“Did you agree to be dirt?” the Rev. CeCe Armstrong asked commissioners of Charleston Atlantic Presbytery and members of a newly chartered church in Charleston, South Carolina. The members of Parkside Church in Charleston, in accordance with G-1.0201 in the Book of Order, signed a charter that read in response to the grace of God, “We promise and covenant to live together in unity and to work together in ministry as disciples of Jesus Christ, bound to him and to one another as a part of the body of Christ in this place according to the principles of faith, mission, and order of the Presbyterian Church (U.S.A.).” As a result, the presbytery convened at St. Barnabas Lutheran Church, which is Parkside Church’s place of worship, for a chartering service on Jan. 29 to commission the church, ordain and install elders and fully install their organizing pastor, the Rev. Colin Kerr.
“On Sunday, March 10, 1822, four men and six women swore an oath together in district school #1 on the corner of Concord and Adams Street in the village of Brooklyn,” reads Collette Foster, a member of First Presbyterian Church of Brooklyn, New York, in a video series celebrating the congregation’s bicentennial. “Their idea,” Foster continues, “was to organize a house of worship and to found the only Presbyterian church in their settlement of 7,000 people.”
Five months after Hurricane Ian destroyed a seaside Florida church, its members will gather beside the storm-ravaged building on Sunday, Feb. 19, for a service that’s being called a Celebration of Healing and Hope.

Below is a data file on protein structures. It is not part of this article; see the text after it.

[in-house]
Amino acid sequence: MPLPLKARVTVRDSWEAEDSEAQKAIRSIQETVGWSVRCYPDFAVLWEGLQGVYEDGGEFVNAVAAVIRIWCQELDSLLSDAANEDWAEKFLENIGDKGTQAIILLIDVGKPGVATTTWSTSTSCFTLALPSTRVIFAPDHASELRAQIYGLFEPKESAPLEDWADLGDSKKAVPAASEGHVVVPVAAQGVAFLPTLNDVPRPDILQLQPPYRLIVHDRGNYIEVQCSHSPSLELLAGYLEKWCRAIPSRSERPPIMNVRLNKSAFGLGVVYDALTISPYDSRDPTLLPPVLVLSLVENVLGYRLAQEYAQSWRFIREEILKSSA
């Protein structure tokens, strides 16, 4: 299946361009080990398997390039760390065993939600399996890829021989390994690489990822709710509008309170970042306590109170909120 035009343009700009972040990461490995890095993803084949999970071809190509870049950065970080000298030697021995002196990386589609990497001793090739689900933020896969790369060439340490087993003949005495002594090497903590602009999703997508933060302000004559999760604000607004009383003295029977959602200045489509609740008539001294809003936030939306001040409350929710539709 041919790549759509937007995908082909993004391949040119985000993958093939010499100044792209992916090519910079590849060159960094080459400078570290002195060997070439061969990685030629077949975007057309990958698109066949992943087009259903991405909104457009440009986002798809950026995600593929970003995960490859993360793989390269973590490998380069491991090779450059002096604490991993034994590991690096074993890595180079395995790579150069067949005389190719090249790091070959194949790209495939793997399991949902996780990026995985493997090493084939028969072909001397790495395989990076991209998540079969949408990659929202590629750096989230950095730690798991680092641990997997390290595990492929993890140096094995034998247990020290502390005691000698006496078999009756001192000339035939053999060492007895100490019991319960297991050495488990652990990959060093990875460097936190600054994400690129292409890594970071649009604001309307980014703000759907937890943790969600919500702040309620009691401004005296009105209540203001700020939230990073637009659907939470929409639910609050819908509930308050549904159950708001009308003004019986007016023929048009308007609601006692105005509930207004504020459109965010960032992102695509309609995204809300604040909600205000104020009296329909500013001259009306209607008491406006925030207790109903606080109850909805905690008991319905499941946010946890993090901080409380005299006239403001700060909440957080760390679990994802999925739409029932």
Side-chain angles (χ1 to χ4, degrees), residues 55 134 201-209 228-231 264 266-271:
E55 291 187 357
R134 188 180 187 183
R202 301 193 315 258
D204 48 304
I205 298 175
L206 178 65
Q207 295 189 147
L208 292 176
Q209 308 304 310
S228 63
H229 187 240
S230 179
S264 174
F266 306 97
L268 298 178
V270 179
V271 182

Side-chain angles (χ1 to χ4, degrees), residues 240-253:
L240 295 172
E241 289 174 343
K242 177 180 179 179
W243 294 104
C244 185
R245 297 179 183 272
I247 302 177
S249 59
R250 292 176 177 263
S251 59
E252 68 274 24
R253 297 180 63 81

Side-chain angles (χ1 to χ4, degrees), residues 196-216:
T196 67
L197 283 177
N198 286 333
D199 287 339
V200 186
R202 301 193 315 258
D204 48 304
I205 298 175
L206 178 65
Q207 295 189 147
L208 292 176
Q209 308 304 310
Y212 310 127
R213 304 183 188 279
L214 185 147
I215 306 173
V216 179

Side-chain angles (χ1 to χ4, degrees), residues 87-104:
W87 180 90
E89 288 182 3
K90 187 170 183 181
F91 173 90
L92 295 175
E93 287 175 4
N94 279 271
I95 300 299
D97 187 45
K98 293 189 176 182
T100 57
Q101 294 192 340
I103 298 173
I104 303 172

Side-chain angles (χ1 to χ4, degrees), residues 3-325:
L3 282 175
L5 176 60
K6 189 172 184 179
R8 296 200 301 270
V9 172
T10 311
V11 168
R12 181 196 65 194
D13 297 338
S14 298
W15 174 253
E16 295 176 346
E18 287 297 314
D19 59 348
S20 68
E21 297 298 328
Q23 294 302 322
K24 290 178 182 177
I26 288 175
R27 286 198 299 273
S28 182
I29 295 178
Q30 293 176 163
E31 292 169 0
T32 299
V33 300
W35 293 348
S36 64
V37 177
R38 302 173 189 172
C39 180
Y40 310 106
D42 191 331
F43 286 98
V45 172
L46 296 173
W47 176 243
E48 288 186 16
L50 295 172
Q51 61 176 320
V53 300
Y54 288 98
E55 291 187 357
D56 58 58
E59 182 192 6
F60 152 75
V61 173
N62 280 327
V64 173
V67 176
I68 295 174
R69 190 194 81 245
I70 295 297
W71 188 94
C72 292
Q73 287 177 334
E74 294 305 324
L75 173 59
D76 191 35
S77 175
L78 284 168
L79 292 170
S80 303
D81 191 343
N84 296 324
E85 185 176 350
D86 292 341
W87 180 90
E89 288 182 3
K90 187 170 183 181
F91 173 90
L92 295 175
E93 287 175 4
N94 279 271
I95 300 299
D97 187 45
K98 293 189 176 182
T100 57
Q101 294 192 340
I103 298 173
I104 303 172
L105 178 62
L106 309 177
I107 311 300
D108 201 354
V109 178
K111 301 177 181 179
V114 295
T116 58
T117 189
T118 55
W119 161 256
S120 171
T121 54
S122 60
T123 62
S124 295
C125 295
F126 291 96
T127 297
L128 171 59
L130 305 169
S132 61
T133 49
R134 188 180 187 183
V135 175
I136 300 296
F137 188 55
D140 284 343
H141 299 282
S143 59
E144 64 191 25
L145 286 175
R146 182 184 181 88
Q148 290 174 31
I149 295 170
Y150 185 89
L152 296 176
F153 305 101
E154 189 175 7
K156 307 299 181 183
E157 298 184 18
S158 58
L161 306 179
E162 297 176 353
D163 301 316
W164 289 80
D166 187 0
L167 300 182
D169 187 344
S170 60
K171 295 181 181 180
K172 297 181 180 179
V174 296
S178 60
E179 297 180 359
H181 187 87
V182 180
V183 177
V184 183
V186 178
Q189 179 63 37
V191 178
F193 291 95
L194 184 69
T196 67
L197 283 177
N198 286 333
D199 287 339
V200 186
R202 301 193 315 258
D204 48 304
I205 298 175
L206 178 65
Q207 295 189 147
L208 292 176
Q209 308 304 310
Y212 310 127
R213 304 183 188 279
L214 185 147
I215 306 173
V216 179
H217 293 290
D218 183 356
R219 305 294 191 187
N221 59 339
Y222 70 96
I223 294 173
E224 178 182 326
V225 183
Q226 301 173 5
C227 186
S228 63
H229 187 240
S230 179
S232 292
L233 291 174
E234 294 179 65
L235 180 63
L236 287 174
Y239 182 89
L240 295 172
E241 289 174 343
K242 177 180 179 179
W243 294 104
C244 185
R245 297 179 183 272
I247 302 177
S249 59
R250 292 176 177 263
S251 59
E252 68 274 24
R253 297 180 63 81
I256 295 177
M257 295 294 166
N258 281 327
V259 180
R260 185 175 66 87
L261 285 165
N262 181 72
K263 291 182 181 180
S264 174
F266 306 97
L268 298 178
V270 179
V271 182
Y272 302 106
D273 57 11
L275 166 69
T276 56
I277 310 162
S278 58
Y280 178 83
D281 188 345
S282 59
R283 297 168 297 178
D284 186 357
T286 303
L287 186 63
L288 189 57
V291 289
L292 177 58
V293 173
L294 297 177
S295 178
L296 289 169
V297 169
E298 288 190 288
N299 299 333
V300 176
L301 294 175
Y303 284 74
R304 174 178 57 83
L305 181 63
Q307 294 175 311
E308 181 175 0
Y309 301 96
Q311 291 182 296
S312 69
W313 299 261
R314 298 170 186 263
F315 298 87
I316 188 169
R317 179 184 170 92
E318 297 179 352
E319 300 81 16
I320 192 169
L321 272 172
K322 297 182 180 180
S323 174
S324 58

A book published last month by Westminster John Knox Press, “Fractured Ground: Preaching in the Wake of Mass Trauma,” offers help to preachers and community leaders who are called to speak and respond to mass trauma.
For more than 140 years, Magnolia Presbyterian Church in Riverside, California, has been providing ministry in this Southern California community. The city recognized it as a historic landmark in 1973. Members cite the church’s many outreaches into the community, across the country and around the world.
Whatever Covid stage churches find themselves in — post-pandemic, a return to in-person worship, a re-evaluation of what hybrid worship looks like, whatever the case — “we need to be attentive to the way our sermons are being offered to people,” the Rev. Dr. Peter Henry said Wednesday during the monthly “Equipping Preachers” webinar offered by the Synod of the Covenant.
Dr. Tori Smit, a diaconal minister and professional Christian educator in the Presbyterian Church in Canada serving the 262 churches in the Synod of Central, Northeastern Ontario and Bermuda — yes, that Bermuda — offered an insightful workshop during last week’s annual event of the Association of Partners in Christian Education, addressing a situation many churches find themselves in: “What to do when the kids are few.”
The ministry areas of the Presbyterian Mission Agency and offices of the PC(USA) practiced being good neighbors in the marketplace at this week’s Association for Partners in Christian Education event. APCE’s Marketplace, which features a bookstore and informational resources from various denominations, seminaries, and church-adjacent non-profits, is a major attraction at the annual event.
This Saturday, St. Paul’s Presbyterian Church and New Hope Presbyterian Church will celebrate their merger, guaranteeing vital ministry will continue at the corner of South Magnolia and Orange avenues in Anaheim, California.
“Jesus, remember me when you come into your kingdom.” — Luke 23:42